“Who sent me here?” That was one of the many questions I asked myself just a few hours after I landed in Kathmandu. I flew from India, and even through it’s about 1 hour from Delhi, I had to spend 11 hours of layover at the Delhi airport – was connecting from Pune.
Anyways, I’m used to making unconventional decisions. I don’t know what I hoped to get in/from Nepal, but I went anyway.
So, here I was freezing, tired, and questioning my capability to make sound decisions. It was end-January so it was still winter. I am not used to temperatures anywhere near what was there. I was going to be in Kathmandu for a day or so before I proceeded to a village in Tanahun district.
It helped that my contacts had arranged for my airport pickup, and that they had already booked a place for me. As I sat in that hotel room I knew that I had to make it work. Till now, I don’t know what made me so scared, but I was very scared.
If there’s anything worth taking home from this post is the super-friendly nature of the Nepali people. As is the case in most other countries, I received too many curious gazes. It’s not every day that they see a black woman with strange hair on their streets! At first it’s weird but believe me, you get used to it – you have to.
1 month in Nepal
Well, I made it past the first day and I stayed in Nepal for the next month. The experiences from this strange country changed me forever. I became friends with amazing people from across the world, I took a shower outside (wink), I realized that I was very unfit and I had to sign up for gym sessions or at least be more physically active, I learned that I was very ignorant about many things that affected me both directly and indirectly.
And btw we used lungis to cover our bodies as we took the shower!
I had deep conversations with myself, with nature, and with lovely people from all over. It is here that I learned what it means to be empathetic. I know I come from a land that is considered poor. But don’t we all? Poor people have made their way into government offices, into our schools, everywhere. It is as a result of poor decisions that we have children dying from malaria and starvation, as their leaders purchase private jets and houses from taxpayers’ money – such is the irony of life. Yes, we have many poor people in my country.
Familiarity breeds contempt
I had the choice of staying back home and stick within familiar lanes. However, I chose to do it differently. Once in a while, people asked me what motivated me why I decided to volunteer in Nepal and not in my poor country. Before I left Kenya, I did not understand what poverty meant. Not to mean that I have never had to struggle for stuff in my life, just not what I now know. The country changed the way I approach things, and how I look at people. This is a nation that works very hard to move forward. They build schools, they construct houses, they put in as much effort as any other country does. But they have to deal with much more than the rest of us; earthquakes. This is something they have no control over but it affects their lives more than anyone can ever imagine.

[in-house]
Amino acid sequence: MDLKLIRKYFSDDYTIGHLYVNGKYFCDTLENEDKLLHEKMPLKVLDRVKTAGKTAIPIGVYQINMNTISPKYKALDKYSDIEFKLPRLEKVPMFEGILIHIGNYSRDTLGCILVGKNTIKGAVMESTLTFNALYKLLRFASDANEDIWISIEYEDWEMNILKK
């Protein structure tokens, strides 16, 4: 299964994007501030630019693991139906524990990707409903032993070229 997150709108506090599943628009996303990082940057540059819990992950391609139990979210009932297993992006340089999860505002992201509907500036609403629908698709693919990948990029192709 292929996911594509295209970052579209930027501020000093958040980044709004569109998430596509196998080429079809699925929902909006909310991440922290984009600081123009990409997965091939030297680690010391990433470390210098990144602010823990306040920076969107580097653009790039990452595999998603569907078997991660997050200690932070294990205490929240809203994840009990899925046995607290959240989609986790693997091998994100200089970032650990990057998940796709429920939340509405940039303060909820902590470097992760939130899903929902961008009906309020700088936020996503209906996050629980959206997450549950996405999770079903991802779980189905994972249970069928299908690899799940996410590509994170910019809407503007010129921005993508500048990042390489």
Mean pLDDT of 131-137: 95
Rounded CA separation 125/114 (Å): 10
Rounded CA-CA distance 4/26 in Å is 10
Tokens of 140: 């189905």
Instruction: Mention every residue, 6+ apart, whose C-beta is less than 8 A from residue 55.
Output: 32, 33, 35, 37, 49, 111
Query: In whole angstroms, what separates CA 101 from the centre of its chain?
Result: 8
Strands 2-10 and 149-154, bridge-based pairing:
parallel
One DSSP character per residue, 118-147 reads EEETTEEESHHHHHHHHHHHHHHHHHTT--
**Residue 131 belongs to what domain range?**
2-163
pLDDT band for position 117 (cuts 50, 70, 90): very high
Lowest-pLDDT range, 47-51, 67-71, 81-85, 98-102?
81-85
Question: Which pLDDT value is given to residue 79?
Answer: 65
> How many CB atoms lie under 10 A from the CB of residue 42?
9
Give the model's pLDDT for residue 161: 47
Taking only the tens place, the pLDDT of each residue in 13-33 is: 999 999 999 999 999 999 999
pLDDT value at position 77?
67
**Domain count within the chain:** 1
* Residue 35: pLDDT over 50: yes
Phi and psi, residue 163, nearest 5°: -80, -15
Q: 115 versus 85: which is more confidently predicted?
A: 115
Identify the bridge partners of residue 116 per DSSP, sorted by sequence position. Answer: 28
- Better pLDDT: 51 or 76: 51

I talked to people who had lost their families from earthquakes. I saw their desire for something different. Whether or not that ever happens, is something we can only wait and see. It helps to walk in other people’s shoes, eat their food, listen to them, then maybe we can understand our lives better. Now I know it is more than having a couple of bucks in your bank account; it is more than having a power passport – yea that’s a thing. I reasoned with people who had quit their jobs, sold all they had, and booked a one-way flight to Nepal. We were not consulted before we were born, but our current and future lives are shaped by the decisions we consciously make.
The Comfort Zone
Nepal SHOOK me off my comfort zone. What initially appeared to be the worst mistake of my life helped me learn so much about myself, and the need to go beyond the ordinary.
After a month of being in Nepal, I knew I had the option of renewing my visa but I did not. I was eager to experiment with what I had become. I was sad to leave what I had known as home, the people I had loved as my brothers and sisters. In the near future, I will go back to Nepal. Hopefully, it will help me become an even better person.
One of the things that I figured out is that life is this priceless gift that is often filled with backlashes. It is more meaningful not to provoke stuff since at the end they always backfire; our insufficient and imperfect selves will always prevail when everything is said and done. So, instead of bashing yourself for what you consider a bad decision, why don’t you leave your comfort zone and turn it around to make your dreams more real.
Cheers to making bad decisions and taking risks!